159: What is a medical home?

Dr. Sandra Morgan and Dave Stachowiak talk to Dr. Ron Chambers about the importance of teaching physicians proper patient care systems for trafficking victims in order to build better medical homes.

Key Points

  • Few medical students receive human trafficking training.
  • We need to meet the need of the patient population not just in the first days or weeks, but long term.
  • Community agencies are often wary of bringing victims to medical providers because they are afraid the victims will be re-traumatized.
  • Many victims leave safe houses because the environment is so unfamiliar.
  • You need to be able to meet victims where they’re at. Do they need physical help, or mental health services? We must be prepared to provide both.
  • Young men and boys are an underserved trafficking victim community.

“The physician education, training, and development of a human trafficking victim medical home developed at the Dignity Health Family Medicine Residency Program has been conceptualized and implemented with incredible success.  We hope to spread the concept to residencies clinics throughout the country and standardize human trafficking victim and survivor care in physician education and training across the country. It is a viable solution with the potential to synergistically provide widespread healthcare that coincides with training the physicians of tomorrow to recognize and treat this vulnerable patient population.”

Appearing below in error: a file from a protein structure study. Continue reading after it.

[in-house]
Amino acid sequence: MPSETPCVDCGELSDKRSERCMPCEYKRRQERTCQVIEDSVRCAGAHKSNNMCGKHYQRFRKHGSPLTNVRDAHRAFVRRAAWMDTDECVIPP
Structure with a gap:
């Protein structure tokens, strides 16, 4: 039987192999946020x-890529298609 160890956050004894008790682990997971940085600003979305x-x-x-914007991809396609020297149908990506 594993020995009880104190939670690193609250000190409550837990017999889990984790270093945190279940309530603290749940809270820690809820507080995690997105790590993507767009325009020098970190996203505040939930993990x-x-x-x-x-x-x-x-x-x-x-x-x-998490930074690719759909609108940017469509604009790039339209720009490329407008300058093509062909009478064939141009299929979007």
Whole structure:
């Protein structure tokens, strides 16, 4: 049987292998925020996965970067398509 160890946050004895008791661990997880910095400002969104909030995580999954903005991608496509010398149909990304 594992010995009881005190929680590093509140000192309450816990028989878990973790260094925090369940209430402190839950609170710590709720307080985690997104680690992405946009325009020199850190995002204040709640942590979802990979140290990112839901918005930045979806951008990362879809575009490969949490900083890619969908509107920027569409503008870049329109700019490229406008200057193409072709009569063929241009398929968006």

—Dr. Ron Chambers


Are you enjoying the show?

If you enjoyed this episode, please take a moment to subscribe or rate the podcast on iTunes by clicking here. Click here for FAQs about podcasts and how to subscribe.

Haven’t been receiving our newsletter? Visit our homepage to join today.

Contact us with questions, comments, or suggestions at feedback@endinghumantrafficking.org.

Sandie Morgan

Sandie Morgan, PhD, RN is recognized globally for her expertise in combatting human trafficking and working to end violence against women. As Director of Vanguard University’s Global Center for Women & Justice (GCWJ), she oversees the Women’s Studies Minor as well as teaching Family Violence and Human Trafficking.
Posted in

Leave a Comment


Thanks for joining us, you're awesome! Let's stay in touch:

Thanks! And while you're here, check out our Top 10 podcast episodes: